Afghanistan National Journalists Union (ANJU) in a report on Saturday said that after the establishment of the Islamic Emirate, 53% of journalists lost their employment and 50% of the media outlets were closed over many reasons, particularly financial issues.
The report is published on the occasion of National Journalist's Day in Afghanistan.
“Most media employees have left Afghanistan. The media community is facing several problems. It faces economic difficulties, and restrictions have been placed on the media's activities in Afghanistan. Besides this, the suspension or closure of the protective laws of the media community is a big challenge,” said Masroor Lutfi, a member of (ANJU).
Several journalists expressed concerns about the lack of information access and economic difficulties on National Journalists’ Day.
Journalists asked the Islamic Emirate to address their challenges, especially in the area of access to information.
“Twenty-seven of Hoot, the Journalist's Day, is celebrated when the lack of information access continues to be considered a difficulty and this community is still dealing with major economic issues,” said Raqib Fayaz, a journalist.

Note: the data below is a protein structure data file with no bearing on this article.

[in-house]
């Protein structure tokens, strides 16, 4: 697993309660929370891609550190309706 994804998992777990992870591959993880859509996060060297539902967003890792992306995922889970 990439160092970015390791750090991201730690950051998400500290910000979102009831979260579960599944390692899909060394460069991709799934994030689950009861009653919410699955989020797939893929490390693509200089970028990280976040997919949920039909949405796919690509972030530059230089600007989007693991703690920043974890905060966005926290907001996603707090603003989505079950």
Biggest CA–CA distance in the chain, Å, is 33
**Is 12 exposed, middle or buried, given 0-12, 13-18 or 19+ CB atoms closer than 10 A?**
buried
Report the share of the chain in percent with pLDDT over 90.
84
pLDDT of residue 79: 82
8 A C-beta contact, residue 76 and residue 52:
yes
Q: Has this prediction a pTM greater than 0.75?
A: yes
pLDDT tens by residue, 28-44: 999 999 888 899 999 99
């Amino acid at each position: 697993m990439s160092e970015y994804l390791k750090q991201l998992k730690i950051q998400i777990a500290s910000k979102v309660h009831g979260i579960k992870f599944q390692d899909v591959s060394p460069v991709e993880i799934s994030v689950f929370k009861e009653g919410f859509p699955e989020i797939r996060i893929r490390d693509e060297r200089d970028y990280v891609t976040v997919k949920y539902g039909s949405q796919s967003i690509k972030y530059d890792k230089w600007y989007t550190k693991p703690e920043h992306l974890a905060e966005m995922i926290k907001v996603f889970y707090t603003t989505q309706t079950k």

“We ask government officials and related officials to pay serious attention to the problems of journalists and ensure their safety,” said Mustafa Shahriar, a journalist.
But the Ministry of Information and Culture said that it is committed to upholding journalists' rights and that efforts are made to increase facilities available to them.
“We continue our cooperation with the media and journalists, and our effort in the future is to create facilities for all journalists,” said the deputy minister of information and culture for publications, Hayatullah Muhajir Farahi.
Previously, the Ministry of Information and Culture said that the law on the right to access information, with a few adjustments, had been sent to the Islamic Emirate's leadership and would be implemented following their approval, but there has been no update on this.